Idaho Chapter 7 Bankruptcy Attorney

Understanding Chapter 7

Chapter 7 of the U.S. Bankruptcy Code involves the liquidation, or sale, of nonexempt assets that can be used to pay creditors a portion of debt they are owed. Also known as "straight bankruptcy," Chapter 7 cases nearly always results in the discharge of certain unsecured debts. This means that a bankruptcy court will release consumers from the legal obligation of paying debts such as credit card bills and medical bills. As there are several unique differences between Chapter 7 and Chapter 13 bankruptcy and because these proceedings can be fairly complex and full of unfamiliar technical information, it is best to work with experienced and attentive Idaho bankruptcy attorneys who can walk you through your Chapter 7 bankruptcy process.

Qualifying for Chapter 7 Bankruptcy

In recent years, the federal government has tightened the eligibility requirements for filing Chapter 7 bankruptcy. Under the Bankruptcy Abuse Prevention and Consumer Protect Act (BAPCPA), applicants must first take a means test to determine whether or not they qualify for Chapter 7. The means test will evaluate your financial information and compare your current monthly income to the median monthly income of the state of Idaho.

If you meet certain qualifying criteria, especially if your current monthly income is less than the median income, then you may be eligible to file under Chapter 7. If your monthly income is greater than the median income, you will have to complete additional steps of the means test to determine if you are eligible for Chapter 7, or if you must file under Chapter 13. An Idaho bankruptcy attorney from our firm can fully analyze your case to help you determine if you meet the criteria established by the means test.

How Chapter 7 Works

Chapter 7 proceedings will formally begin once you have submitted a petition with the bankruptcy court. Just as in Chapter 13 proceedings, the bankruptcy court will first issue an automatic stay, giving you protection from collection activities such as lawsuits, foreclosure proceedings, wage garnishments and debt collection phone calls. You will then be required to supply the court with information about your financial affairs, your debts, living expenses and your property.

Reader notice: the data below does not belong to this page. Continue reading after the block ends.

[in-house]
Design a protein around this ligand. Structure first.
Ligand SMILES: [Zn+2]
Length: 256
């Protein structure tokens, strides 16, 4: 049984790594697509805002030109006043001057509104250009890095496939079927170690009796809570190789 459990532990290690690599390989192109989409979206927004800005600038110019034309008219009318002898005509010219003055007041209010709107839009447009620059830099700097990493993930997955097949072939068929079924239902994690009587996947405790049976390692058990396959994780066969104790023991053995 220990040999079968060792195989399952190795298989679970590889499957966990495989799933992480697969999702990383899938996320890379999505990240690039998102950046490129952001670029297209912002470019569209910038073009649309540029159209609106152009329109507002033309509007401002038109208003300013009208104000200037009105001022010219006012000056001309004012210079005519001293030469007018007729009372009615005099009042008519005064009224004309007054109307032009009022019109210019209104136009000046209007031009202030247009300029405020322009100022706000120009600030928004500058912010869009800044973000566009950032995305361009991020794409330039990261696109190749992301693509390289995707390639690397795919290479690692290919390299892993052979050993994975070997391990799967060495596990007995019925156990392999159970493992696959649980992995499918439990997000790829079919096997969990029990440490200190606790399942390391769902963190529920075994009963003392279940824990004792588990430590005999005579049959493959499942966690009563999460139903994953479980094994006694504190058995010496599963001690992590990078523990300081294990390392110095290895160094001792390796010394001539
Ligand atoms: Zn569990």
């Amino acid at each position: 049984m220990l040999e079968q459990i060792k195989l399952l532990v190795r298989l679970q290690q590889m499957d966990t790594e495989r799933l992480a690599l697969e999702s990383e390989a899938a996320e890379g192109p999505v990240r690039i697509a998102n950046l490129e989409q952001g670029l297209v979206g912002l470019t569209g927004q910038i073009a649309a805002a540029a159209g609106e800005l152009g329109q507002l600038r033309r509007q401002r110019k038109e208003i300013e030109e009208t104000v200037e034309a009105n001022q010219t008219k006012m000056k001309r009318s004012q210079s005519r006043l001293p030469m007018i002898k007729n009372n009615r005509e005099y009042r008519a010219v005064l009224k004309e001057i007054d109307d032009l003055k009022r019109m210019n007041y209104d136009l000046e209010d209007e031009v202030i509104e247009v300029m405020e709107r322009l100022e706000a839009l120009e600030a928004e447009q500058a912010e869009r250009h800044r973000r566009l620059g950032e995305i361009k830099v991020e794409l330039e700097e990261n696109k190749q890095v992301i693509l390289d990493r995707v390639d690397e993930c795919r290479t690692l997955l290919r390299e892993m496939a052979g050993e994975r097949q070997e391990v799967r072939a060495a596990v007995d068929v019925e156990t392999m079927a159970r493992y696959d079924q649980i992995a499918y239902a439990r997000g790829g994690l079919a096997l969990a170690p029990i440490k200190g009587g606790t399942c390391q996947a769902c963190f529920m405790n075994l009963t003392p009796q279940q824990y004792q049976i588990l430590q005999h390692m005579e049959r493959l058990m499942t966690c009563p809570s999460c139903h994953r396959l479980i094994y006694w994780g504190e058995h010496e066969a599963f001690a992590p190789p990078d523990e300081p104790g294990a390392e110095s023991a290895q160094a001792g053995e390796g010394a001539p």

A court appointed trustee will collect and liquidate your non-exempt assets, using the proceeds to distribute payments to your creditors. Most Chapter 7 cases are no asset cases, and you may not have sufficient assets or income to make any payments toward your unsecured debt. You will also be allowed to keep certain exempt property, including insurance policies, clothes, furniture and pension plans. The nature of your liquidation and exemptions will depend on your personal financial circumstances.

Ultimately, Chapter 7 bankruptcy is designed to allow consumers who have accumulated insurmountable debt to discharge certain unsecured debts. By doing so, you will be released from all liability of having to make payments on discharged debts. Roughly 99% of Chapter 7 cases result in the discharge of some unsecured debts, which can include credit card debt, medical bills, unsecured loans and others.

How Avery Law Can Help

Chapter 7 bankruptcy can be a healthy and advantageous legal action consumers can use to gain a financial fresh start. While it will not solve all of your financial problems, the benefits of bankruptcy can be precisely what you need. Knowing the importance of completing these procedures in a timely and competent manner, our Idaho bankruptcy attorneys work tirelessly to guide you through every step of the Chapter 7 bankruptcy process. From the moment you come to us in your time of need, you can receive the experienced assistance and genuine support you need to get through these difficult times. Contact Avery Law to learn more about how our firm can be of assistance. With offices in Boise, Idaho Falls, Pocatello and Twin Falls, we are prepared to assist clients throughout the Snake River Valley.